General Health Claims General health claims are broad claims that promote health through healthy

eating or provide dietary guidance, without referring to a speciic or general health efect, disease or health condition. hese claims are governed in much the same way in Canada as they are in the United States. In Canada, no speciic criteria have been included in the regulations for these types of claims. he only requirement, as with the case of all health claims, is that the statement cannot be “false, misleading or deceptive.” Similarly, in the United States, claims that make broad statements regarding the beneit provided by healthy eating must be truthful and not be misleading.

Front of Package Labeling Health claims may be expressed explicitly in a statement or implicitly through “front-of-package” (FOP) slogans, logos or symbols as long as such implicit claims are not false, misleading or deceptive. In both Canada and the United States, the use and variety of FOP claims have increased. here are, however, no speciic regulations governing the use of FOP claims in either country. Health Canada has recognized that FOP claims may draw attention away from less healthy characteristics of a food, and inconsistent FOP claims may also create confusion among consumers. As part of its eforts to modernize its health claim management, Health Canada is reviewing how health claims on prepackaged foods afect consumer choices, particularly with respect to FOP claims. he results will contribute to Health Canada’s current modernization process and form part of its informationgathering eforts with respect to FOP claims and their efect on consumers. FDA has also recognized the issue of FOP labeling and, in 2009, encouraged food companies to review their labeling to ensure they were in compliance with FDA’s requirements. As in Canada, a study on the impact of FOP labeling on www.fdli.org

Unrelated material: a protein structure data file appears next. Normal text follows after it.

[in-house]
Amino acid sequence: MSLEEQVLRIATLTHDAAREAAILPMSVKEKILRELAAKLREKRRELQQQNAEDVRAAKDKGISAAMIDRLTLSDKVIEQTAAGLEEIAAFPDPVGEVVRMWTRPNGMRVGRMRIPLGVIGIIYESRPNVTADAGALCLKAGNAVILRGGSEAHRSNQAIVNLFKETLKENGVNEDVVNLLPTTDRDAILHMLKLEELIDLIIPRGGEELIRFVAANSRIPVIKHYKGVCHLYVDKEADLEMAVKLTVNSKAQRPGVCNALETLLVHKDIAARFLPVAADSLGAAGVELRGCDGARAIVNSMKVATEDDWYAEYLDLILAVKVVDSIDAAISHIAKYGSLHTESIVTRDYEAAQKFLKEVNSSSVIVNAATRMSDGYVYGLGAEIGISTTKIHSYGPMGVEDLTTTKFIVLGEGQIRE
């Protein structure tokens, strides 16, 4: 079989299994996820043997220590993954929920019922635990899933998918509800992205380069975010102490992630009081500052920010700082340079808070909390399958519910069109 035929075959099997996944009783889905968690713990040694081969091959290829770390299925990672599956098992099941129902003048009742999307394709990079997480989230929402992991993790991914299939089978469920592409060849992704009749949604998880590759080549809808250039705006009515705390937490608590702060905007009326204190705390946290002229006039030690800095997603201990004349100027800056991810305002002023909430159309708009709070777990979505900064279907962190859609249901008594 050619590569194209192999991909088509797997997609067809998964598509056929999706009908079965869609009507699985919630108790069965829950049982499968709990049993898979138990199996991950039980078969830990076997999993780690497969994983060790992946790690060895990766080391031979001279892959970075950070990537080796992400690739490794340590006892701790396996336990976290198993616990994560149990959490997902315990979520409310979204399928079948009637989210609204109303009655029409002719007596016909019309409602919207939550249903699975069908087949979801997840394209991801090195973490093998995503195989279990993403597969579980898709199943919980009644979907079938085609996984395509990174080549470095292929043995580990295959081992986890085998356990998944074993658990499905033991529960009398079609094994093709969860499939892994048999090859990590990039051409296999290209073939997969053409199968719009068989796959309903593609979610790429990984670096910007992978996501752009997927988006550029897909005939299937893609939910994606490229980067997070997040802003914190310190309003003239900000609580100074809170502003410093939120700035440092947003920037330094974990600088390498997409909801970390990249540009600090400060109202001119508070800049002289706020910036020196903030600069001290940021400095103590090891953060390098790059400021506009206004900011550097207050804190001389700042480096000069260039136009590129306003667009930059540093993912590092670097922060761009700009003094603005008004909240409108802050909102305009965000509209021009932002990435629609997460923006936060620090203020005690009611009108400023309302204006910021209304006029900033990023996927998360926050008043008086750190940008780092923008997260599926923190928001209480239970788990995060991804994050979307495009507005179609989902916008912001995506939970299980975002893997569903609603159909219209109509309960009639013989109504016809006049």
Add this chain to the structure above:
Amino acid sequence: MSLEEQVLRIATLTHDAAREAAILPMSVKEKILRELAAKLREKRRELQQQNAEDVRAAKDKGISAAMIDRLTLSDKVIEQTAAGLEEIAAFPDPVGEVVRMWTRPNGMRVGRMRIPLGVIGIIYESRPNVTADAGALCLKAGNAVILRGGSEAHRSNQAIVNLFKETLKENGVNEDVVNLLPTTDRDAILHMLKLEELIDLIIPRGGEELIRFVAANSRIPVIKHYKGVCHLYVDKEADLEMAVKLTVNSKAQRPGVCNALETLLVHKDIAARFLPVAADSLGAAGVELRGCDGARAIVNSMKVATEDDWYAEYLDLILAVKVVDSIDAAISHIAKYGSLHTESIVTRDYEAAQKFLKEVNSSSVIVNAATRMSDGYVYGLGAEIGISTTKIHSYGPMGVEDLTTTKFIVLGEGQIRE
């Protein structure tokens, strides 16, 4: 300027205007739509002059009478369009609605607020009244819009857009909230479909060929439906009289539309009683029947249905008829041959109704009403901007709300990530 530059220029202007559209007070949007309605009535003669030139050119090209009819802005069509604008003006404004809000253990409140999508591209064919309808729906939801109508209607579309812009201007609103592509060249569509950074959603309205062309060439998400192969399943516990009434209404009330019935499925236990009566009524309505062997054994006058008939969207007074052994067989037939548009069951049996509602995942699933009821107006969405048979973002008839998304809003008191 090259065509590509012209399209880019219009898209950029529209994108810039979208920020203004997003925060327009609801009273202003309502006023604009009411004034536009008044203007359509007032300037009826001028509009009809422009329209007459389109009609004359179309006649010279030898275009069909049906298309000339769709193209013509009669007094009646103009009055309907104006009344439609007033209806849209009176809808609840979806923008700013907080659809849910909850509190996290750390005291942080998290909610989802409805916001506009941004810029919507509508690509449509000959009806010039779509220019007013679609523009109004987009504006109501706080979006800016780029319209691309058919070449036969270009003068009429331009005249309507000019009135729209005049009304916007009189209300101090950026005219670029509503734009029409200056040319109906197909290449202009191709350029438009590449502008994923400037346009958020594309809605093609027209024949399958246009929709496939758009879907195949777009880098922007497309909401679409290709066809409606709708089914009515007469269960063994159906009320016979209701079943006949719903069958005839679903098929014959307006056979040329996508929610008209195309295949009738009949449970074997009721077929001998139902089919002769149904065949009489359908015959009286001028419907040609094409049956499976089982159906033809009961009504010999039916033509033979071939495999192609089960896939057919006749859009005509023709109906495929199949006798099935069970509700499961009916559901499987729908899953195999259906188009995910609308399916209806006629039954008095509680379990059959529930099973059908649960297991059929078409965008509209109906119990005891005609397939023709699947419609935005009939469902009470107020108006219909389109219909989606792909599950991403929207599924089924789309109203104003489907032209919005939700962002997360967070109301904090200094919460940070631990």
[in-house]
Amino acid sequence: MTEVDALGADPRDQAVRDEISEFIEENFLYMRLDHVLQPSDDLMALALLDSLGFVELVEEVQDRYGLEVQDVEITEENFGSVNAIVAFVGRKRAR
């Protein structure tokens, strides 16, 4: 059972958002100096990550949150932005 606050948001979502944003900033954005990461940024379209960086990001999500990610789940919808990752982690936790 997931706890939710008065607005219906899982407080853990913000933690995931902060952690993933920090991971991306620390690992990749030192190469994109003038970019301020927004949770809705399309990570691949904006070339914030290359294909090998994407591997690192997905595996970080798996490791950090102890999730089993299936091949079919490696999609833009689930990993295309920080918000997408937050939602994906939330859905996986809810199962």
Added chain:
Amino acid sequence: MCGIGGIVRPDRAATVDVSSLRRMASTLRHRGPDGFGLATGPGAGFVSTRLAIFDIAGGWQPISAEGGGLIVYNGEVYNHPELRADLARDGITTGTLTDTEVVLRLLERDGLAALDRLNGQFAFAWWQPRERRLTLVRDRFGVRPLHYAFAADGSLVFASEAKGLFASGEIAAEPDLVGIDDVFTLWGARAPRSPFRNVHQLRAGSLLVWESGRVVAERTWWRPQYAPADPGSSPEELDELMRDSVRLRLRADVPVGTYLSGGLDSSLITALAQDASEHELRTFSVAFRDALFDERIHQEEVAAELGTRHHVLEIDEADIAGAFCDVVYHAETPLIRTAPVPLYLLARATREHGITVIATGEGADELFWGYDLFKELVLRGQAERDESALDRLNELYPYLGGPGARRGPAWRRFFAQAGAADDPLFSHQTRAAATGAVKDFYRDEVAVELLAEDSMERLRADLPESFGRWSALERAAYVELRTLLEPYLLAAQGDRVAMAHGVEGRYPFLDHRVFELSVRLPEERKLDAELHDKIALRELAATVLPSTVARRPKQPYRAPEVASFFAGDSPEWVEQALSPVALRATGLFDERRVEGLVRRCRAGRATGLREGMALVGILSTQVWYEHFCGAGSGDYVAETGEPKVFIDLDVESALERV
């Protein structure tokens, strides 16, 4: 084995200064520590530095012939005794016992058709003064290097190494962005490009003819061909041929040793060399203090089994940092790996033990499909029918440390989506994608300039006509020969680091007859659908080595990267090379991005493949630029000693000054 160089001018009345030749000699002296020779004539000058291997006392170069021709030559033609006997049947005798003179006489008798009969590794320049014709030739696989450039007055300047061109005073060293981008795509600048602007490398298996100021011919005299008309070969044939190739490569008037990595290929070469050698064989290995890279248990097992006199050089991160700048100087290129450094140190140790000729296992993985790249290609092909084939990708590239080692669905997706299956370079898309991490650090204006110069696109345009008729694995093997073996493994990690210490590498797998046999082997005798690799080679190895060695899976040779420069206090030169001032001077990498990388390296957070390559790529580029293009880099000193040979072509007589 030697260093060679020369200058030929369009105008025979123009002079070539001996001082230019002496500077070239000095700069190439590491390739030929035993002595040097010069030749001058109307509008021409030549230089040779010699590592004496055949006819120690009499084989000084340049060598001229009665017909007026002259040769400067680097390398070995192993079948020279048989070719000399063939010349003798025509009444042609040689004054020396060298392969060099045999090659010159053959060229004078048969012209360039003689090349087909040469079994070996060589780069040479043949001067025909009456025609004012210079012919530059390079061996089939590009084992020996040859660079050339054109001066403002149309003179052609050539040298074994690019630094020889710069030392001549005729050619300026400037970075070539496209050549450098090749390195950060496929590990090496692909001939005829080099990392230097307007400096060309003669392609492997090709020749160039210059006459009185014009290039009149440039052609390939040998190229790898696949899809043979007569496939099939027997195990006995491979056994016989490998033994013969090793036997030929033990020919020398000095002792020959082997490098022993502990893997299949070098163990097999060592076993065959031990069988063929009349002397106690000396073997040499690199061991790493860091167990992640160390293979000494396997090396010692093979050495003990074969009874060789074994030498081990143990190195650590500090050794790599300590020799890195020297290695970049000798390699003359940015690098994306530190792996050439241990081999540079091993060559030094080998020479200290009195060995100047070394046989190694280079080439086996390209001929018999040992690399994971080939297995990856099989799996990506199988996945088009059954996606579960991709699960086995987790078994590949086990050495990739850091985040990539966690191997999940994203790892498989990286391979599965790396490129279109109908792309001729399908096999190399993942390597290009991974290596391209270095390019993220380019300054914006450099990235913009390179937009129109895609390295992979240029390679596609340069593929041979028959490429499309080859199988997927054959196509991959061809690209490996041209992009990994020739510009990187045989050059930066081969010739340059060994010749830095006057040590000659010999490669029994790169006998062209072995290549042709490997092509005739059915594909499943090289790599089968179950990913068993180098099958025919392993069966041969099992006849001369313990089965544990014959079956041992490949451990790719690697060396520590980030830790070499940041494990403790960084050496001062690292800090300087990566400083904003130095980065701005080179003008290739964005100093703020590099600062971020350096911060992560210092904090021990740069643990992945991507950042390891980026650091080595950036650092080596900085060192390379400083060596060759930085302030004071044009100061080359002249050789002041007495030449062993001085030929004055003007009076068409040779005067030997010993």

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consumer choices is being carried out. he results of the study, undertaken by the Centers for Disease Control and Prevention and the Institute of Medicine of the National Academies, and supported by FDA, are planned for release in fall 2011 and will be made available to Health Canada, which will consider the indings in its eforts to develop policy regarding FOP claims.7 By consulting the indings of the same study, Canada and the United States appear to be taking a similar approach to FOP claims. For now, in the absence of any legislation, companies should ensure that all FOP labeling not be false, misleading or deceptive.

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Conclusion

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Although both Canada and the United States require a nutrition facts table, there are a number of important diferences in the content and presentation of the table. In short, there is no such thing (to date) as a North American food label, or at least one that is compliant with all applicable laws. FDLI

4.

1.

2.

“Revising Nutrition Label Regulations: What to Expect” (Panel discussion at the 2011 FDLI Annual Conference, Washington, DC) available at: http:// www.fdli.org/conf/annual/11/agenda.html. Food and Drug Regulations, C.R.C.,c.870, at B.01.401(1), available at: http://laws.justice. gc.ca/eng/regulations/C.R.C.,_c._870/page-27. html#h-20.

5.

6.

7.

Available at: http://www.inspection.gc.ca/english/ fssa/labeti/guide/ch6e.shtml#a6_2. June 22, 2011 phone interview with Health Canada, Food Directorate, Health Products and Food Branch. See Guidance for Industry: Trans Fatty Acids in Nutrition Labeling, Nutrient Content Claims, Health Claims; Small Entity Compliance Guide (August 2003), available at: http://www.fda.gov/ Food/GuidanceComplianceRegulatoryInformation/GuidanceDocuments/FoodLabelingNutrition/ucm053479.htm. Available at: http://www.hc-sc.gc.ca/fn-an/labeletiquet/claims-reclam/assess-evalu/phytosterolseng.php (phytosterols); http://www.hc-sc.gc.ca/ fn-an/label-etiquet/claims-reclam/assess-evalu/ oat-avoine-eng.php (glucan oat iber). Supra note 4.